Automation plays a pivotal role in the evolution of information-driven business architecture. Companies are beginning to find ways to quantify the returns from incorporating the latest technologies, such as smart sensors, Big Data, and advanced analytics. Gradually, these technologies are becoming more prevalent as they enable relevant and timely sharing of data to generate actionable information, but implementation challenges remain. Automation can help companies manage business processes by connecting systems and people (both internal and external to the organisation) in a coordinated way. Suppliers and users should implement automation in a manner that enables it to be responsive to the demands of customers as well as changes in plant equipment.
Meeting business structures
With today’s increasing focus on “the business,” automation systems must fit within the overarching business structures. No longer can process automation (and other) systems function independently. Instead, they must perform in a collaborative way throughout an industrial enterprises’ entire value chain. It is essential to understand the impact of the current business-centric trends on the enterprise before considering the collaborative requirements for process automation systems. ARC views collaboration in manufacturing in three dimensions, each of which may be considered from an internal or external perspective: product/process lifecycle, supply chain and enterprise operations.
Industry has seen much collaboration-related activity in the last few years, due — in large part — to the increasingly dynamic and global nature of the competitive environment. New technologies are available, allowing more efficient communication and better performance. Real-time information can be shared throughout the enterprise and supply & design chains. Targets can be set and performance indicators monitored in real time, allowing manufacturers to be more responsive to customer demands and more agile in adapting to changing market conditions.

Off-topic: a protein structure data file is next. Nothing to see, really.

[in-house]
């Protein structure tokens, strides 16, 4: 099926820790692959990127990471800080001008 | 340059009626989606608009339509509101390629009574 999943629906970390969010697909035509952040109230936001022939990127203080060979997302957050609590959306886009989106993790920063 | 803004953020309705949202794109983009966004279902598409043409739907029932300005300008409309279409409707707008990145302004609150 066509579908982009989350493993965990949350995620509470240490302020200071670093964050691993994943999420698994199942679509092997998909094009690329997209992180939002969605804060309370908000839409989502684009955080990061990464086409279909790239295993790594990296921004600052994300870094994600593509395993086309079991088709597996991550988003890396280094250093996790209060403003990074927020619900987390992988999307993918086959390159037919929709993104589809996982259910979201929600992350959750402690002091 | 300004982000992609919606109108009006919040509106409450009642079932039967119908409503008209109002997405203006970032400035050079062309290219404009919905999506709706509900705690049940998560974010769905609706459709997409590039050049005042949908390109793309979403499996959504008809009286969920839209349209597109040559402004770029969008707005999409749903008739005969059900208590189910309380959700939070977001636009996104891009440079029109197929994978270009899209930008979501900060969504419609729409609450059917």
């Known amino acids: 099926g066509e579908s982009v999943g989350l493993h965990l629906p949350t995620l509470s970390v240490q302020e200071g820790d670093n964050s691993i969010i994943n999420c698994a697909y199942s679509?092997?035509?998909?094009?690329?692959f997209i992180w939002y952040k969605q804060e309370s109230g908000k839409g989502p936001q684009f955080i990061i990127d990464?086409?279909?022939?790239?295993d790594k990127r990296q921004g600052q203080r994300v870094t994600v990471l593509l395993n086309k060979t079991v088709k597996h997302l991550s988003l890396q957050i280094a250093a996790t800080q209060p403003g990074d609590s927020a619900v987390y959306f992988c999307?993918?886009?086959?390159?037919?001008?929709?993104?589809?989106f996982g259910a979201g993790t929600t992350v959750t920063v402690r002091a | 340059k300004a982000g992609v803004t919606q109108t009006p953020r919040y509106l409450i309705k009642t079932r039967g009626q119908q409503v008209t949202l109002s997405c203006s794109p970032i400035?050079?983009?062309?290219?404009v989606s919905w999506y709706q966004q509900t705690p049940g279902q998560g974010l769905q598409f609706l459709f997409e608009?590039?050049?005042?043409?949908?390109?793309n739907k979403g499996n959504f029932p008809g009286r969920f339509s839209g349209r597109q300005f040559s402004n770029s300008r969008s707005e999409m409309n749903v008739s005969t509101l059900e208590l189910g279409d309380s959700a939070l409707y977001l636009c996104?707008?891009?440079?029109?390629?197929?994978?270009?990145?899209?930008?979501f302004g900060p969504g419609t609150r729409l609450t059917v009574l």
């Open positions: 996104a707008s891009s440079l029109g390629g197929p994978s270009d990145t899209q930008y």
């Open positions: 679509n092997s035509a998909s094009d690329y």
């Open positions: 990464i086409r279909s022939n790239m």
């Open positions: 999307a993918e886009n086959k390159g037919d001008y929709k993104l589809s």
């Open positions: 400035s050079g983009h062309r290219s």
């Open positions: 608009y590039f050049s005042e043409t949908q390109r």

To fulfil the needs of business, companies have to invest in a range of specific automation equipment, which aid plant operations in many aspects from gathering real-time data from devices/systems, controlling processes, and enhancing visibility; to integrating securely with manufacturing operation management and business systems, while maintaining safety and security. The individual components not only have to interoperate with each other, but also with people and processes. To move from just a collection of “pieces” of automation to a unified “collaborative” automation system requires considerable planning and coordination.
Moreover, businesses these days, grapple with increasing competitive pressures, with demanding customers, increased market requirements, and a stringent regulatory environment becoming the norm. This is driving them to become real-time enterprises, requiring them to integrate the information flow to the operations and engineering centres and automate the entire supply chain.
While companies want to extend the lives of their control systems as long as possible, it is also imperative to have timely DCS updates to ensure that one is not using an out-dated control system platform, which could result in lost opportunities. ARC has analysed the automation needs of modern process manufacturers and has developed a vision of what a Collaborative Process Automation System (CPAS) should be, and how it could maximise return on assets. Operational excellence is the first supporting layer to ROA. Operational excellence delivers measurable performance improvements by focusing on doing more with less as well as working more effectively and reducing cost. OpX results from more people making more correct decisions, more of the time. The OpX continuous improvement methodology reinforces the concept that OpX is an ongoing process. Effectiveness, agility, and performance visualisation are keys to operational excellence. By automating everything that should be automated, many tasks will always be executed based on best practices. Automation also frees up time for worker empowerment, providing these knowledge workers with the opportunity to perform more value-adding functions.